Some recipes call for dissolving the yeast first in a warm liquid and then adding this active yeast mixture to the flour while others call for the yeast first being added to the flour, followed by the liquid. Why is this? The dissolving of the yeast first in a warm liquid is done to make sure the yeast is fresh and active. Since yeast is a living organism, it is possible the organisms have perished which would result in no leavening. Though this step probably doesn’t really need to be done any longer because of how reliable dry yeast is today, some bakers still feel it’s a good idea to test the yeast to make sure it is still active before adding it to the flour. Active Dry Yeast works just as well as Instant Yeast, but its instructions require you to activate it in a little bit of warm water before being added to the rest of the ingredients.
General Guide to Purchasing Yeast
Granted, purchasing yeast can be a confusing process due to different manufacturers not using the same names for their products or using the same names for different types of yeast. That being said, here’s a general guide to purchasing yeast using popular labeling and product instructions:
- Cake (Moist) – traditional live yeast; needs to be dissolved in water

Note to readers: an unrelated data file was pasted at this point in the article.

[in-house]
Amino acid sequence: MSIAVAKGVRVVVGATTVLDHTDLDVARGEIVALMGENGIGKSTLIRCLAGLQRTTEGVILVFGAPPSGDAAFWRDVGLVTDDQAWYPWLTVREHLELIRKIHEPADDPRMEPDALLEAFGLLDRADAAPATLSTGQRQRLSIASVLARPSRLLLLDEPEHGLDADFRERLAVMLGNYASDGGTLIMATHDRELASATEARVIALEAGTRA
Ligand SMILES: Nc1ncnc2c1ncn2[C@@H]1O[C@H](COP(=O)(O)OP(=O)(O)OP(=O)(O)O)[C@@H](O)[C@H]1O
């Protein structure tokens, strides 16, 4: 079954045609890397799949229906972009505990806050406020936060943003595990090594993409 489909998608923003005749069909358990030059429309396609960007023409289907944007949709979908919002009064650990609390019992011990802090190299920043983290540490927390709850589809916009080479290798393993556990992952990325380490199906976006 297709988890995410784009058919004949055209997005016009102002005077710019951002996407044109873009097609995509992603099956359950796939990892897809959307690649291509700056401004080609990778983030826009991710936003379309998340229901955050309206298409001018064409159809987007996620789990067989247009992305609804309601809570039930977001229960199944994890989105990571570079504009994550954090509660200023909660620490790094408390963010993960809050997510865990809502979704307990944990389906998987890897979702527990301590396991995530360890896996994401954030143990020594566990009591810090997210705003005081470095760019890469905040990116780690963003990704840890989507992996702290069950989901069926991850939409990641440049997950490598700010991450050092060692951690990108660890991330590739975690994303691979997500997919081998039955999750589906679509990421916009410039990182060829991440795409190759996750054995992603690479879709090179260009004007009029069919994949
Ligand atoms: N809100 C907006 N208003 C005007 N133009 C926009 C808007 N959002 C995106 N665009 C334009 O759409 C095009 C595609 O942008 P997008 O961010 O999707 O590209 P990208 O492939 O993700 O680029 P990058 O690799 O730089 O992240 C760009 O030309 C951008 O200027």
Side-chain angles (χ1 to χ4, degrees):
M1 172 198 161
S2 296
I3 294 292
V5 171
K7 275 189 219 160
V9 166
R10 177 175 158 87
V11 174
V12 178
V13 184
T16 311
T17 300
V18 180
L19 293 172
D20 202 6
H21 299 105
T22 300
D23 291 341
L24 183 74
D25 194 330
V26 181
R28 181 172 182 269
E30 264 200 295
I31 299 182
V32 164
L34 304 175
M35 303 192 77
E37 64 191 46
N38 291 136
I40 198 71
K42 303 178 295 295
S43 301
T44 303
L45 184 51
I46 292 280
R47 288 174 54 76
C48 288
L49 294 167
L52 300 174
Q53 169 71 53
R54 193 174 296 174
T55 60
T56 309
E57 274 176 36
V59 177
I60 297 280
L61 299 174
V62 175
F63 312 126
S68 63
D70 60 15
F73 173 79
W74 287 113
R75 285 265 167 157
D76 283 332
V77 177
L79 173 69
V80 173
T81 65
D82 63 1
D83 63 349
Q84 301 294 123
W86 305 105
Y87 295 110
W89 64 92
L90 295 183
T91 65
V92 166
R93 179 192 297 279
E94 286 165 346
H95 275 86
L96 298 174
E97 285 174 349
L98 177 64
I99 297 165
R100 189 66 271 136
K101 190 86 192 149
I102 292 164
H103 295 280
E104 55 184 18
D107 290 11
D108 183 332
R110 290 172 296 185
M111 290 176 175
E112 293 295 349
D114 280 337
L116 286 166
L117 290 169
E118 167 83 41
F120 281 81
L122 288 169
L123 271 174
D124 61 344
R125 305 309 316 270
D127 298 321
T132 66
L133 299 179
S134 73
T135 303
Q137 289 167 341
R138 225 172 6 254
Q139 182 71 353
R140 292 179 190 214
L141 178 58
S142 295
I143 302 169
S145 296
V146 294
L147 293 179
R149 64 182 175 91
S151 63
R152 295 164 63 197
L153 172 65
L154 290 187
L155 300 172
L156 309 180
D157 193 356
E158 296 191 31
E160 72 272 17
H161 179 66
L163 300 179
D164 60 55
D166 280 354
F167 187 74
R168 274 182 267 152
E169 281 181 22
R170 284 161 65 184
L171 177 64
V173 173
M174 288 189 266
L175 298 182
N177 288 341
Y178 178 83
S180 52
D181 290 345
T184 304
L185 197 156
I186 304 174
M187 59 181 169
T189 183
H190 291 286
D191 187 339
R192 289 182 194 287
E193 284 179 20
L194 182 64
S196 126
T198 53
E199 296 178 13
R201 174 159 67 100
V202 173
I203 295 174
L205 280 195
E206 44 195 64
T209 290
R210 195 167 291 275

- Active Dry – traditional dry yeast; needs to be dissolved usually with sugar
- Instant – contains small amount of yeast enhancer; does not need to be dissolved
- Bread Machine – exactly the same as Instant but in a different package
- Rapid-Rise – larger amount of yeast enhancers and other packaging changes to the granules; does not have to be dissolved
Can I Substitute Active Dry Yeast for Rapid-Rise Yeast?
Yes! If you are substituting Active Dry Yeast for Rapid-Rise Yeast in a recipe, just read the instructions on the package to figure out how to activate the yeast before adding it to the recipe and reduce the amount of water (or other liquid) you add later in the recipe by the amount you use to proof the yeast. If you are substituting Rapid-Rise Yeast for Active Dry Yeast, just reduce the amount of yeast you use in your recipe by approximately 20 percent and increase the amount of water you add to the dry ingredients by the amount that you would have used to proof the Active Dry Yeast so you end up with the same total amount of liquid in the recipe.
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I hope that helps clear up the differences. Please let me know if you have any more questions regarding yeast or have future Cooking 101 topic suggestions.
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Hi there, it’s Lacey! I’m the editor and main writer for A Sweet Pea Chef. I'm a food blogger, health and food coach, professional photographer, and mommy of three. I also run the awesome free Take Back Your Health Community, am the healthy and clean weekly meal planner behind No-Fail Meals, and a little bit in love with Clean Eating. Be sure to check out my free beginner’s guide to eating clean and follow me on YouTube and Instagram to get my latest recipes and healthy eating inspiration.